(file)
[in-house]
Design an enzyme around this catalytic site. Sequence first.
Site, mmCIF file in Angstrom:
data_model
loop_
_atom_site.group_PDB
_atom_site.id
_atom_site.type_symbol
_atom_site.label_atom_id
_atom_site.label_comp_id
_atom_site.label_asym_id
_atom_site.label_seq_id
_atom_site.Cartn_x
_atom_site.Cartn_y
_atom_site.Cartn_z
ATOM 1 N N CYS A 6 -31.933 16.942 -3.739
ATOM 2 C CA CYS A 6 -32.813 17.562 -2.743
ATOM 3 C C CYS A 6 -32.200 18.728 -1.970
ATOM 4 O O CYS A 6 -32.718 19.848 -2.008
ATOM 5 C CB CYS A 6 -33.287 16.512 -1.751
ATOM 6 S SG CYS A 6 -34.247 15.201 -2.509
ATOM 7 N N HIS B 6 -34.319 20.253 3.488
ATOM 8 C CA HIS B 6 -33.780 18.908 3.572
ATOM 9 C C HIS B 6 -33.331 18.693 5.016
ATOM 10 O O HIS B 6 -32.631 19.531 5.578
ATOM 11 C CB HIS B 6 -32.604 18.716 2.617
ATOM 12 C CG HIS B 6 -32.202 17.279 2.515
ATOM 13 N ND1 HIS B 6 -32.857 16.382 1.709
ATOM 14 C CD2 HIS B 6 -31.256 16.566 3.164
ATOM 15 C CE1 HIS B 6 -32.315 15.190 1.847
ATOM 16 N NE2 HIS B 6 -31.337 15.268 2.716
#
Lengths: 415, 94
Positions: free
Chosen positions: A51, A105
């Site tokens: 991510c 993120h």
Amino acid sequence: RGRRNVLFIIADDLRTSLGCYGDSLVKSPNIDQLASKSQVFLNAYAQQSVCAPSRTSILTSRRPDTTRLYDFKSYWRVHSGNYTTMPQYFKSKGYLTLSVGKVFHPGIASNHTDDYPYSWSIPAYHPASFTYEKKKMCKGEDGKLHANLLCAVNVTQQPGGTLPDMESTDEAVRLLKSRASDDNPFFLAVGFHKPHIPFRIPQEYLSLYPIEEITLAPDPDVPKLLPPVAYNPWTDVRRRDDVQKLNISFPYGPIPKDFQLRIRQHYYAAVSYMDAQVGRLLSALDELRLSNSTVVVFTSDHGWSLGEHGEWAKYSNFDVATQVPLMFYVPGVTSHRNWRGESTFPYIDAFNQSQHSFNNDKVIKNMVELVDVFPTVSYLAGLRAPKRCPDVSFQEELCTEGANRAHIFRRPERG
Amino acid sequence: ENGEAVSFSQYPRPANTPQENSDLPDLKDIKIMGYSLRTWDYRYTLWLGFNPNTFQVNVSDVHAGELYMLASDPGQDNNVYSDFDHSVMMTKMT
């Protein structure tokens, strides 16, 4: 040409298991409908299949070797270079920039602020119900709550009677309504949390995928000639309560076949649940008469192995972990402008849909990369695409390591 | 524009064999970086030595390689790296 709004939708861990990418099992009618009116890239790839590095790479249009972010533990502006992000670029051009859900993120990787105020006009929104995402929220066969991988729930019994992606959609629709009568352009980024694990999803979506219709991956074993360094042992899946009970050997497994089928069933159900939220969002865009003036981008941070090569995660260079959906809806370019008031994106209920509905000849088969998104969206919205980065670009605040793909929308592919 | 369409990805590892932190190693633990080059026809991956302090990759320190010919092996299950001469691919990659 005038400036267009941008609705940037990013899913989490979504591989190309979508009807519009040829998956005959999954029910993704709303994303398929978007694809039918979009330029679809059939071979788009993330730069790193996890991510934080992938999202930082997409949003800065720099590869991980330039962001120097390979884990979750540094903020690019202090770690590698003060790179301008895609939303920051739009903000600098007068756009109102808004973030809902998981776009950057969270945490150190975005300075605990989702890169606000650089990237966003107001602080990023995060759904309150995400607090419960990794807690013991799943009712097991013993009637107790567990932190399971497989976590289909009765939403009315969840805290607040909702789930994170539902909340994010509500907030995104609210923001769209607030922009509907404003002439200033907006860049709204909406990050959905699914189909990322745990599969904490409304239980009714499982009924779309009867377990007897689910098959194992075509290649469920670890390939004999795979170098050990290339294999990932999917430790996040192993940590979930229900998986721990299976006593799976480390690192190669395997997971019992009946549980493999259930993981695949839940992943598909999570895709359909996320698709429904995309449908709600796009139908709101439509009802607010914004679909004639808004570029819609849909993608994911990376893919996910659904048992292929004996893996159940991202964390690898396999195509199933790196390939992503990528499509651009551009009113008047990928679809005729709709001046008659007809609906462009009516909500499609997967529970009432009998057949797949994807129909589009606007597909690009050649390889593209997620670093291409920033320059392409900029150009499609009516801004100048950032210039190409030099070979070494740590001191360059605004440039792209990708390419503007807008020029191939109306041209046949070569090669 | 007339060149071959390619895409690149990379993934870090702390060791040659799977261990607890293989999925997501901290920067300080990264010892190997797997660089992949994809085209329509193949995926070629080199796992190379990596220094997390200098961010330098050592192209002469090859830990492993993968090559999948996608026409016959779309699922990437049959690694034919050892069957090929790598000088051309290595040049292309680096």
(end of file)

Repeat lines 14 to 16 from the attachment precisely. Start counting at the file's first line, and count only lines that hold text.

_atom_site.Cartn_y
_atom_site.Cartn_z
ATOM 1 N N CYS A 6 -31.933 16.942 -3.739